Earlier this month a study was published claiming a link between omega-3 fatty acids in the blood and prostate cancer. It seems as though when any article is published linking anything to cancer people stand up and notice, and the article usually gathers momentum in the press and social media.
The article itself is full of methods, results, and conclusions that come along with various 'randomized trials', significant 'p values', and various 'causal and correlation statements'. Taking the time to sift through all the technical terms , interpret all the scientific data, and find experts who agree and disagree with the findings would certainly take too much time before the initial statement has passed by its fifteen minutes of fame in the high paced media of today. However, it is important that an article with claims of such magnitude be given more than just fifteen minutes.
For any proper analysis to be done an original copy of the article needs to be obtained. Furthermore, it is necessary for 'the entire article to be reviewed'. There are websites that allow people to access an 'abstract' of an article which gives a brief summary of what the article wanted to test, how it did the test, and what was found; however, this is not enough. Using abstracts from journal articles is a quick way of gathering information to prove a point and say that the information was gained from scientifically proven sources.
Quoting respected researchers who have reviewed the article in its entirety such as Dr. James Chestnut B.Ed., M.Sc., D.C., C.C.W.P and Dr. William Harris PhD:
'The select trial was actually a trial designed to study the effects of selenium and Vitamin E supplementation on Prostate Cancer risk. The study was never designed or set up to prospectively study either the intake of fish oil or to measure the effect of fish oil consumption on the incidence of prostate cancer.'
'...the study did not test the question of whether giving fish oil supplements or eating more oily fish increased prostate cancer risk, it simply measured omega-3 levels in the plasma (which can also be affected by genetics and metabolism) and correlated them with incident prostate cancer up to 9 years later...correlation does not imply causation.'
'Remember also that we have no data about how much omega-3 fatty acids these subjects were consuming or what their source of omega-3 fatty acids were (contaminated fish with cancer causing mercury and PCBs or contaminant-free fish oil).'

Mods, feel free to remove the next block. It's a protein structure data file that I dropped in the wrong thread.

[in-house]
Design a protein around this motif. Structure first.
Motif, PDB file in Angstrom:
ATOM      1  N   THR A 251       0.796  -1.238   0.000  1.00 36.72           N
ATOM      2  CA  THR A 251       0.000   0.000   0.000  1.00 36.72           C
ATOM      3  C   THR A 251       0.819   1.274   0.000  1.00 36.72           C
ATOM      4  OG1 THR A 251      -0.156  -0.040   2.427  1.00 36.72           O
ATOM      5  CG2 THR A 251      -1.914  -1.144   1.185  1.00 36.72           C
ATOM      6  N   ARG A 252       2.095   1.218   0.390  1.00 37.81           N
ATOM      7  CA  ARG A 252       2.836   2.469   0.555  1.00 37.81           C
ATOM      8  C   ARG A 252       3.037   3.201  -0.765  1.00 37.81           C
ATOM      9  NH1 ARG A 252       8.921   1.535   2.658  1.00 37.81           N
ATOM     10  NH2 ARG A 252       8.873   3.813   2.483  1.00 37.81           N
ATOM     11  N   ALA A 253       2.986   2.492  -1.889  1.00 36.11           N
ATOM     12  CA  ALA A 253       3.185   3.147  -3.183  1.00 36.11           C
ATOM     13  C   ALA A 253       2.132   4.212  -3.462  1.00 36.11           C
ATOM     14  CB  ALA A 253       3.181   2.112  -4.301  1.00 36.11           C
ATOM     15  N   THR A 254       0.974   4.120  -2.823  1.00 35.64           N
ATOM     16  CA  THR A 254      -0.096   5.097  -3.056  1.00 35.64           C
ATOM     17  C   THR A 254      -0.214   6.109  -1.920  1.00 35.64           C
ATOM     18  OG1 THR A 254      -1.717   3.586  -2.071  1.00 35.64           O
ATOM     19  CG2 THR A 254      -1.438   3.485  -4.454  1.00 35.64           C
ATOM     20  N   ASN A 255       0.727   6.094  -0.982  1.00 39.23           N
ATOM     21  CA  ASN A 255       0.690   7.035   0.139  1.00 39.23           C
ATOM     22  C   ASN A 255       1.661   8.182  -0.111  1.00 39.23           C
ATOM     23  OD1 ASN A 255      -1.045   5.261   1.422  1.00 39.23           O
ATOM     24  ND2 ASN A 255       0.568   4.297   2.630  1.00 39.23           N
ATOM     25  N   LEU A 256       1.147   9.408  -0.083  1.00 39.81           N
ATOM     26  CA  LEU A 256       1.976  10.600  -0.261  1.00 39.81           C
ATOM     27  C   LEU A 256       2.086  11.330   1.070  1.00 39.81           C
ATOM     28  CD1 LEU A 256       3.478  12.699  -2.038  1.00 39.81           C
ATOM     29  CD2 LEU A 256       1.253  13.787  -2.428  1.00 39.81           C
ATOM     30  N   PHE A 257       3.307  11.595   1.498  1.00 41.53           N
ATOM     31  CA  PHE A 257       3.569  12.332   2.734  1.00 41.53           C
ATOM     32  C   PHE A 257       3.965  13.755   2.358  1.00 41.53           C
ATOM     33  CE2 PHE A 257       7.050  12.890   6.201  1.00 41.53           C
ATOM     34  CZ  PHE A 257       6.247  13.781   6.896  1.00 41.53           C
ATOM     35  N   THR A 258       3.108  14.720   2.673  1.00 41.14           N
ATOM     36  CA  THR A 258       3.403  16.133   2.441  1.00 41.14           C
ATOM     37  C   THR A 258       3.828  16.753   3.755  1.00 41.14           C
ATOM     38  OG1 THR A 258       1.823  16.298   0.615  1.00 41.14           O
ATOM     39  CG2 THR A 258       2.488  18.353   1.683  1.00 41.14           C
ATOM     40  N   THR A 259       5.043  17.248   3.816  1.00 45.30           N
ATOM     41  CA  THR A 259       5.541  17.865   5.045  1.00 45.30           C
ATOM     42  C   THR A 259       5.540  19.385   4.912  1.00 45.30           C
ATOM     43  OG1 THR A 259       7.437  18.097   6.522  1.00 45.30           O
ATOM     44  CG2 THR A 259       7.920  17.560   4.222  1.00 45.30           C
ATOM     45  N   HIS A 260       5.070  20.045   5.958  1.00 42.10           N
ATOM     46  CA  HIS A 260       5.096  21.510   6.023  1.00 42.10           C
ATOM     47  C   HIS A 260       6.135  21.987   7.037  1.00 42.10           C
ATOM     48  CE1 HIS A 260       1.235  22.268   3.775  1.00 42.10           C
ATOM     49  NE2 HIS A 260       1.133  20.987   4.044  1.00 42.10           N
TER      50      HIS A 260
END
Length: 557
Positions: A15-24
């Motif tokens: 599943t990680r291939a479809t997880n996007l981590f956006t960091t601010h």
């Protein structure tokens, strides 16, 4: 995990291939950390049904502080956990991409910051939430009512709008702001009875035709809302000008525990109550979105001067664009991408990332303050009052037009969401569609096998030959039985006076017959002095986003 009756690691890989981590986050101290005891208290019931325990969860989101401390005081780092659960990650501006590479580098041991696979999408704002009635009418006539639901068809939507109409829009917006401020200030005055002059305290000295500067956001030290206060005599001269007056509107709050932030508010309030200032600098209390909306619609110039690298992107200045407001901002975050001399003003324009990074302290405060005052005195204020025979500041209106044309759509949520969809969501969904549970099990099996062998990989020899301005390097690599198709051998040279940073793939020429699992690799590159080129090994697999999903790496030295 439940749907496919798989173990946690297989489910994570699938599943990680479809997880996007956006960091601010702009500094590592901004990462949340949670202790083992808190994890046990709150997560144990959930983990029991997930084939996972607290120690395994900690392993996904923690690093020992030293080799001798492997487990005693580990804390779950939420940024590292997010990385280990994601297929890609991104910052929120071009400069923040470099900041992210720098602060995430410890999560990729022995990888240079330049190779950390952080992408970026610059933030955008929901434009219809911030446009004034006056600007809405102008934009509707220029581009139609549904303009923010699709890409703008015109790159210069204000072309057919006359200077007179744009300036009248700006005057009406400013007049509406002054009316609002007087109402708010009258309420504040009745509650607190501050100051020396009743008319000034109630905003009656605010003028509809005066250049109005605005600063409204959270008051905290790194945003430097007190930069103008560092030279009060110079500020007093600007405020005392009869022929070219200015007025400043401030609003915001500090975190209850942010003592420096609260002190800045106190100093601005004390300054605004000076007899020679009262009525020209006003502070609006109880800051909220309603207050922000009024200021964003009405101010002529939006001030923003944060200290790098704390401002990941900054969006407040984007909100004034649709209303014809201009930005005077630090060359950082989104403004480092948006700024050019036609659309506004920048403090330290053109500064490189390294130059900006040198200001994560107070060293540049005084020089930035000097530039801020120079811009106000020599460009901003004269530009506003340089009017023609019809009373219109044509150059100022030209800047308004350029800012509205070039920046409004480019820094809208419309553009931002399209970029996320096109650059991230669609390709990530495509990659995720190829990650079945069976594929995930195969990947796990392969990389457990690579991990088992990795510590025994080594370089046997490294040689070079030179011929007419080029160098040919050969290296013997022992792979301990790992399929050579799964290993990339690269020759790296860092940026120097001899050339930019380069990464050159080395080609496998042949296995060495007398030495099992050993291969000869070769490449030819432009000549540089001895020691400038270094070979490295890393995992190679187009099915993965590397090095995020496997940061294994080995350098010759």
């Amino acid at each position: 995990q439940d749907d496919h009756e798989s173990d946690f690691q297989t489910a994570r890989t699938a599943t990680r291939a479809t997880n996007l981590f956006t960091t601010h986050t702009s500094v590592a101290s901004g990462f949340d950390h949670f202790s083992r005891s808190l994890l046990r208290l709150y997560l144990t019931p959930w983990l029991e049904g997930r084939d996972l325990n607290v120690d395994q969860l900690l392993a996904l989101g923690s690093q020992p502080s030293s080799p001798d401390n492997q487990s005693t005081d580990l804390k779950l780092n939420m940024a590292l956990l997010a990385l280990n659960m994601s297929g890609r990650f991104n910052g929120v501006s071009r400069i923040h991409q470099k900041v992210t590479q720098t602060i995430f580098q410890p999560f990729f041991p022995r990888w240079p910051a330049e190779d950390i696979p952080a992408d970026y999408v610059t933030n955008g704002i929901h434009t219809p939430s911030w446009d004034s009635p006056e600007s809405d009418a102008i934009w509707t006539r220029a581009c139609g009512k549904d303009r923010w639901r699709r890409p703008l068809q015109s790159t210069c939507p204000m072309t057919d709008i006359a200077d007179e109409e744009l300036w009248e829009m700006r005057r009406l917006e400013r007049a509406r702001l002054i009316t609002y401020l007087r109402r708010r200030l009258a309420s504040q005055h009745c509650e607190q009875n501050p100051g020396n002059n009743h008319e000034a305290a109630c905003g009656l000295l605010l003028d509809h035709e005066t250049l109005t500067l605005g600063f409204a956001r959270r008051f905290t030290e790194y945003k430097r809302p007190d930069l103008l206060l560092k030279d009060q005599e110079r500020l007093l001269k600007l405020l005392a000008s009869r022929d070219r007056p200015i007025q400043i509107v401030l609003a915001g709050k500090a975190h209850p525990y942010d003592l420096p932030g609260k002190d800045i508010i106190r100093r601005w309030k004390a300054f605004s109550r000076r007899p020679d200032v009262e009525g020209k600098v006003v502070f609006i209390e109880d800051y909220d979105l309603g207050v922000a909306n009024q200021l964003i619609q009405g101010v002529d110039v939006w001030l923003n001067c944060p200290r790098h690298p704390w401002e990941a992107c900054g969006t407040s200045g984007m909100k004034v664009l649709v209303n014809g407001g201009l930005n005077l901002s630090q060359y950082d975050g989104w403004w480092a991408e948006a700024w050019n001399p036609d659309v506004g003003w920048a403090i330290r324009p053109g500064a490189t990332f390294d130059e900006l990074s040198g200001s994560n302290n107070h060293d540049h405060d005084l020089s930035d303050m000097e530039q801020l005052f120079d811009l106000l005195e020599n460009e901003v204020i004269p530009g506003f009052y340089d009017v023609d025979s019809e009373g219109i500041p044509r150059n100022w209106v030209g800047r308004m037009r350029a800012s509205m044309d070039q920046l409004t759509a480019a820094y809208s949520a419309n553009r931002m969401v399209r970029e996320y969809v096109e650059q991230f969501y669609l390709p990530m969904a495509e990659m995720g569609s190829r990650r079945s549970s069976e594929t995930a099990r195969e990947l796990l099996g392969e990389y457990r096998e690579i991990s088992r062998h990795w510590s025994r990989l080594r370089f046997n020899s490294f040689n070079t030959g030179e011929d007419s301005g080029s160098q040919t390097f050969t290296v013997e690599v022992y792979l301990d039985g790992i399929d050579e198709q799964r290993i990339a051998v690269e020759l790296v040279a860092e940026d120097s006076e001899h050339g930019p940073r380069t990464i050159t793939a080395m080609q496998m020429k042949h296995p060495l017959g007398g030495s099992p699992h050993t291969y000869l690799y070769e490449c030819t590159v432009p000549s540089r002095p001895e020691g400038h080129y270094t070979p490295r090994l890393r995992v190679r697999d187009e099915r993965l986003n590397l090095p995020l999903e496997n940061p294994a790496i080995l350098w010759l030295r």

The unfortunate thing that has happened here is that something was noticed in this particular study that was not being tested or controlled using the scientific method—it was simply realized after the fact. Even more unfortunate is how media and readers quickly pick up on headlines and journal abstracts that contain buzz phrases like 'cancer linked with' or 'research shows' without taking the time to read more than just the headline.
If 500 people in the Isle of Man were surveyed; and, of those 500 people 12 had been in road traffic accidents; and, of those 12 accidents 3 had been driving motorcycles—does that mean that people driving motorcycles in the Isle of Man are more likely to be involved in a road traffic accident? With this simple statistic is it fair to say that 25% of all road traffic accidents in the Isle of Man involve motorcycles? No.
I think Dr. Harris concluded his commentary best with the following statement:
'Study authors and the media alike must discipline themselves to report the findings themselves and to resist the temptation to wildly extrapolate in order to grab headlines. They need to provide a balanced context to show the nuances in science that might be lost on general audiences, and to ensure that their conclusions do not overreach their data, particularly when doing so can put patients at risk.'
Please find links below for the complete versions of the articles I have referenced. Furthermore, feel free to contact the clinic to clarify any questions you have on omega-3 fatty acid supplementation. If you would like to come into the clinic to arrange a twenty minute consultation—at no charge—on this topic please use the 'contact us' page.